Avoid dialect:  When we change the way words are spelled to imitate the sound of someone’s voice we not only insult them, we make it harder for readers to get through our writing.  All you need to do to get the dialog perfect is to use the words your characters would use in their own unique order.  Your reader will “hear” what you meant, be it North Dakota Swedish or inner city black.

Get a reality check: First, make a black friend.  Next, have that friend read your work and beg them to be honest in their feedback.  Watch their face as they read.  Ask them to test the dialog aloud, and listen for changes they may make unconsciously.  If your friend balks at something, don’t debate it, change it.

The most important thing, of course, is to remember that we are all more alike than different.  Human motivations, desires, fears and joys are universal, so make sure your black characters are first and foremost human. 

And in case you’re skeptical about writing a black detective, you should know that Toussaint Moore’s creator, Ed Lacy, was actually a white guy named Leonard Zinberg.

Wednesday, October 5, 2016

8 Ways to turn up the suspense in your fiction

After sharing theory and concept, I figured I should share a few actual tips on how to keep the suspense building when you write. So here we go.

1. Let the characters tell readers their plans. That doesn’t mean give away all the secrets.  It means show the reader the characters’ agenda.  Readers know something will go wrong because they know, on some level, that the story is about conflict. A bad guy hiding in the bushes is creepy, but how much stronger that scene would be if earlier we heard the good guy tell his girl, “I’ll meet you by the bushes at 6 o’clock.” Now we’re not only worried about him getting jumped, we also get to worry that she’ll see it, or that she might be the next victim.

2. Cut down on the violence.  If you read my thrillers you might be surprised at how few actual fights there are. I think the more violence there is, the less it will mean.  That’s why we don’t see all the fights Rocky has to go thru to get into the position to face Apollo Creed. 

3. Always be one step ahead of your readers. As you write, keep asking yourself what your reader is hoping for or wondering about each point in the story. Your job is to give them what they want, when they want it – or maybe a little later than they want it – or to add a twist so you give them more than they bargained for. How do you do that?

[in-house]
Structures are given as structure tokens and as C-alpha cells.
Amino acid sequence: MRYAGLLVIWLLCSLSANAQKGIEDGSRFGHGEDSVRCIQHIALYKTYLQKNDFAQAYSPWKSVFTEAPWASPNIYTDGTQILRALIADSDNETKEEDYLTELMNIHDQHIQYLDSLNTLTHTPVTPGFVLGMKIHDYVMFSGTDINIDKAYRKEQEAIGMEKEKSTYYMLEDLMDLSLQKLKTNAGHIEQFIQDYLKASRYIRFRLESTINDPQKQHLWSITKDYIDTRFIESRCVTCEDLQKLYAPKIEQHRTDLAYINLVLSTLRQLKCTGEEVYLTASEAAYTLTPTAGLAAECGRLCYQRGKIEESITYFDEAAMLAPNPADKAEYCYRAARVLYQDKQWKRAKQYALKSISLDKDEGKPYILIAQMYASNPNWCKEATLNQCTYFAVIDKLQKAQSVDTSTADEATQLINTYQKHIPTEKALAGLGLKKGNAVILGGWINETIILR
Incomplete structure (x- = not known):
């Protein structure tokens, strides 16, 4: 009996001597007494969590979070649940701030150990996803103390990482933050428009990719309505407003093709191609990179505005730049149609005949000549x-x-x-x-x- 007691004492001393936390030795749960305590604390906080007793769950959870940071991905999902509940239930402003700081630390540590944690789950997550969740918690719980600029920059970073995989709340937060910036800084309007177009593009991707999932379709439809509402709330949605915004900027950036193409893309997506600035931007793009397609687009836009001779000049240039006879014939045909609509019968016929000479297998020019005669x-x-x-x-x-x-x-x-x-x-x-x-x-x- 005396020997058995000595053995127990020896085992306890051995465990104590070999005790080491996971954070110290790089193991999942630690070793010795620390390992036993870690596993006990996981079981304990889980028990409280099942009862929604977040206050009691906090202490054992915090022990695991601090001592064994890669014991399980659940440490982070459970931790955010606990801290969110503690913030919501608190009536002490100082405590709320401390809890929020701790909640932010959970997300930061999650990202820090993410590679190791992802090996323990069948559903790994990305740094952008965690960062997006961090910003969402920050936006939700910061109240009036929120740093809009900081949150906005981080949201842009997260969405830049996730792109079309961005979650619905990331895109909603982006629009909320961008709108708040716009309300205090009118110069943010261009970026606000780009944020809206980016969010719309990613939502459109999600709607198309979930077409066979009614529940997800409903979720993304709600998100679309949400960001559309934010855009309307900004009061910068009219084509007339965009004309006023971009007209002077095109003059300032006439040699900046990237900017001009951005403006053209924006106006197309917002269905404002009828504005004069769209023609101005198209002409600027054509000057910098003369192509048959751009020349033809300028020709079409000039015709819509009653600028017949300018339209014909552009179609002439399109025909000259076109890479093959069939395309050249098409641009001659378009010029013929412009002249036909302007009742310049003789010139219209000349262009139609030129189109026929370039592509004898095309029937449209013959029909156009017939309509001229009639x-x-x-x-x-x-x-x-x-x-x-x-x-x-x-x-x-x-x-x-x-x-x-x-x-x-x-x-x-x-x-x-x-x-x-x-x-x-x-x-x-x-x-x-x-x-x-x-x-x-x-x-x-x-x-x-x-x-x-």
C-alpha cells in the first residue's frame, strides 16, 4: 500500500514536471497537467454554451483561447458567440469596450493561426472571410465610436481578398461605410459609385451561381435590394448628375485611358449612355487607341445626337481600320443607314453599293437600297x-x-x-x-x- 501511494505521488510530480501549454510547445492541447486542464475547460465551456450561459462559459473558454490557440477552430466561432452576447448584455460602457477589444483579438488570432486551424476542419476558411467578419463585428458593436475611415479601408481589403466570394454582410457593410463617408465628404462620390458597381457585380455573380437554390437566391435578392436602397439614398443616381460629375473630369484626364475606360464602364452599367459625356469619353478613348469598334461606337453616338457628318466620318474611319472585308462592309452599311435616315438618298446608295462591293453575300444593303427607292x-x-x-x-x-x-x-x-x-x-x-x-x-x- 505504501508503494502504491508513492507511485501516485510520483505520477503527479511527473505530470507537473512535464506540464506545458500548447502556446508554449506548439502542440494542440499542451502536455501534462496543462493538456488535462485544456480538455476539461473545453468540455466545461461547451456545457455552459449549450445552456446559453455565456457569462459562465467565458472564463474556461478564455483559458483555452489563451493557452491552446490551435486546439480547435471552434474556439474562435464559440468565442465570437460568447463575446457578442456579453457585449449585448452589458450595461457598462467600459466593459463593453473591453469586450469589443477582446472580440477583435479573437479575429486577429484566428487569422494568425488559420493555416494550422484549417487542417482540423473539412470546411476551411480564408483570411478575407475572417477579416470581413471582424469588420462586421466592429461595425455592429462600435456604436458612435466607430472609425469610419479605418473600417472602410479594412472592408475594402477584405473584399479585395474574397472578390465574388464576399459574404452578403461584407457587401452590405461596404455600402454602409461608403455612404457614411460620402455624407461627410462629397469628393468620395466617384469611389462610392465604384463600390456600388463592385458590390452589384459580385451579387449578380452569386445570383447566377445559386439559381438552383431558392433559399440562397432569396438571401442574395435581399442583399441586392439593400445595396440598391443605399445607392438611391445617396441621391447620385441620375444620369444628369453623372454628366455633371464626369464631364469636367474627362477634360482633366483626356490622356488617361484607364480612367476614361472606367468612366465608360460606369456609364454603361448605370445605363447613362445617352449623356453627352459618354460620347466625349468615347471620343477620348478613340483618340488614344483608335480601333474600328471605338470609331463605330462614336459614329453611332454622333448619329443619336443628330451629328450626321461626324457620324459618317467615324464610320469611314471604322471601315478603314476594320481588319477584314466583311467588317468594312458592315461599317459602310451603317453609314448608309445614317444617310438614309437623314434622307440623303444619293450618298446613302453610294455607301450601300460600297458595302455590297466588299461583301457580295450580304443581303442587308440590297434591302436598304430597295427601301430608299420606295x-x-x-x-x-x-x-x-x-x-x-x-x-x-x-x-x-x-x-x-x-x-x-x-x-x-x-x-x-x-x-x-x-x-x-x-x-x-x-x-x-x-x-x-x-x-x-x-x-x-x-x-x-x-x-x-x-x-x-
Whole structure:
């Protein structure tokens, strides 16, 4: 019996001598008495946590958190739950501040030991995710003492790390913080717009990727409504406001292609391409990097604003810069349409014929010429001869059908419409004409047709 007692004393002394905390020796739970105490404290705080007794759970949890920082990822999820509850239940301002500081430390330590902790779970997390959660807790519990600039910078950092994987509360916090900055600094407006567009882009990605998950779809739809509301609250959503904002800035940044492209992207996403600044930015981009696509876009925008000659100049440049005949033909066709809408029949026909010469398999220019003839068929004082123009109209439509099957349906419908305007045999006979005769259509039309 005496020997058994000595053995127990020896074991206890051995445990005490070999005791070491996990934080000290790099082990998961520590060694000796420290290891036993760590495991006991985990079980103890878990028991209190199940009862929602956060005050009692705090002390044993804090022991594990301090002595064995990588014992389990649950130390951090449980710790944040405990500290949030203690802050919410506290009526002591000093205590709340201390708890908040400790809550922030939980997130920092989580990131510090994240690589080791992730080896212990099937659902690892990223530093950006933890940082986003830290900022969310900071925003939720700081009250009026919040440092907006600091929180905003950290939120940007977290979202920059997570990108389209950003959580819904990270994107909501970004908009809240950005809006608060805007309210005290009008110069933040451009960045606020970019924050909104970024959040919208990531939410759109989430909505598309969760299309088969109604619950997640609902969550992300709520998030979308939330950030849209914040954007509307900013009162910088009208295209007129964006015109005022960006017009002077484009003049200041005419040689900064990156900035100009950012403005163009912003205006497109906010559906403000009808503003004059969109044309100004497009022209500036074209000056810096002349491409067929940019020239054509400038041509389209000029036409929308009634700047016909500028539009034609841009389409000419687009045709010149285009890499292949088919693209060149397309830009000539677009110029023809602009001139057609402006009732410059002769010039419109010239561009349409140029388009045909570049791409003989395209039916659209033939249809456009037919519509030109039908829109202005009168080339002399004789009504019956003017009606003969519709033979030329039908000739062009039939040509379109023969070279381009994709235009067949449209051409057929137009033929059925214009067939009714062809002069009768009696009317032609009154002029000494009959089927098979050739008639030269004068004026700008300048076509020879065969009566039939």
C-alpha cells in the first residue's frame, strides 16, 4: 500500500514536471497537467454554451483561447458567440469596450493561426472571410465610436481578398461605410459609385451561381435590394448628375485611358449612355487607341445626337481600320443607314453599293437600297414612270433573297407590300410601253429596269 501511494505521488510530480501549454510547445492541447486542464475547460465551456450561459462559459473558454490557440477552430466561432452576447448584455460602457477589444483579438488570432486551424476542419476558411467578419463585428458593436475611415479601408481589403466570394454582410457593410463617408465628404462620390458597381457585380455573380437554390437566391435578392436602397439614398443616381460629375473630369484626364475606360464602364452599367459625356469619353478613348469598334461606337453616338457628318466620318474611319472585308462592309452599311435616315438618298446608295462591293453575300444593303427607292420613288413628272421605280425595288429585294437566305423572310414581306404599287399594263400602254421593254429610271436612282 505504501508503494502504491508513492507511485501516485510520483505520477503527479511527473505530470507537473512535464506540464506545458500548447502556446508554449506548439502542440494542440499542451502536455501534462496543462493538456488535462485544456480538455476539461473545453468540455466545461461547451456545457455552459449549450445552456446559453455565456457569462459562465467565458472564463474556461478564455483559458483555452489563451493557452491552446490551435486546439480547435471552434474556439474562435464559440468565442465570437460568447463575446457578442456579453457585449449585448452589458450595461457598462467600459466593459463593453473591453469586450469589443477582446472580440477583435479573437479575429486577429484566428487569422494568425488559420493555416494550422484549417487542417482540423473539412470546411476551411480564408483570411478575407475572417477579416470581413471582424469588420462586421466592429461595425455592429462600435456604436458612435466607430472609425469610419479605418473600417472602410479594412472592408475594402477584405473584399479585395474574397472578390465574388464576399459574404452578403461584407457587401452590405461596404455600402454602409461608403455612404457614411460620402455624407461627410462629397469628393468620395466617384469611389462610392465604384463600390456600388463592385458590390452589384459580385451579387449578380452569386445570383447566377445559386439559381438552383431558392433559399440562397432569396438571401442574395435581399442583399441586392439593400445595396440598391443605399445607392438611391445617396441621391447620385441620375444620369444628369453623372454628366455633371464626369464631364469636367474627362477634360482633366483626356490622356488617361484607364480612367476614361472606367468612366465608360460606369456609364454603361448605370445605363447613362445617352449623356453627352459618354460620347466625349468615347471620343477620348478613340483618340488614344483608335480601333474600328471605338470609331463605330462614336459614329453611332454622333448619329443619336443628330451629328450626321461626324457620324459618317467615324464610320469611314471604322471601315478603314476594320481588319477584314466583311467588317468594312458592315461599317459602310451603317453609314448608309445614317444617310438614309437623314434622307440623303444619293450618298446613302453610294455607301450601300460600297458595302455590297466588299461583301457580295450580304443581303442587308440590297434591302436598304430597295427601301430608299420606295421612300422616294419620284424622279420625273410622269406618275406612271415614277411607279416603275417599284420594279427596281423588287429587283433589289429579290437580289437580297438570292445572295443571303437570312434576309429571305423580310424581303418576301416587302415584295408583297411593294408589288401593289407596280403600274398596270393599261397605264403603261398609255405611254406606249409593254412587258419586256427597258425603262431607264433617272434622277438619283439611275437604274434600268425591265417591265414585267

4. As you develop your story, appeal to readers’ fears and phobias. Phobias are irrational fears. To be afraid of a tarantula is not a phobia, but to be afraid of all spiders is. Most people are afraid of helplessness in the face of danger. Many are afraid of needles, the dark, drowning, heights and so on. Think of the things that frighten you most, and you can be sure many of your readers will fear them as well.

5. Be sure to describe the setting of your story’s climax before you reach that part of the story. This is necessary to protect your pacing. So let someone visit it earlier and foreshadow everything you’ll need for readers to picture the scene when the climax arrives. Otherwise you’ll end up stalling out the story to describe the setting, when you should be pushing through to the climax.

6. Countdowns. Countdowns and deadlines can be helpful, but can work against you if they don’t feed the story’s escalation. For example, having every chapter of your book start one hour closer to the climax is a gimmick that gets old after a while because it’s repetitious and predictable—two things that kill escalation. Instead, start your countdown in the middle of the book. To escalate a countdown, shorten the time available to solve the problem.

7. Isolate your main character.  As you rush toward the climax, remove his tools, escape routes and support system (helpers and defenders). This forces him to become self-reliant and makes it easier for you to put him at a disadvantage in his final confrontation with evil.

8. Make it personal.  Don’t just have a person get abducted—let it be the main character’s son. Don’t just let New York City be in danger—let grandma live there.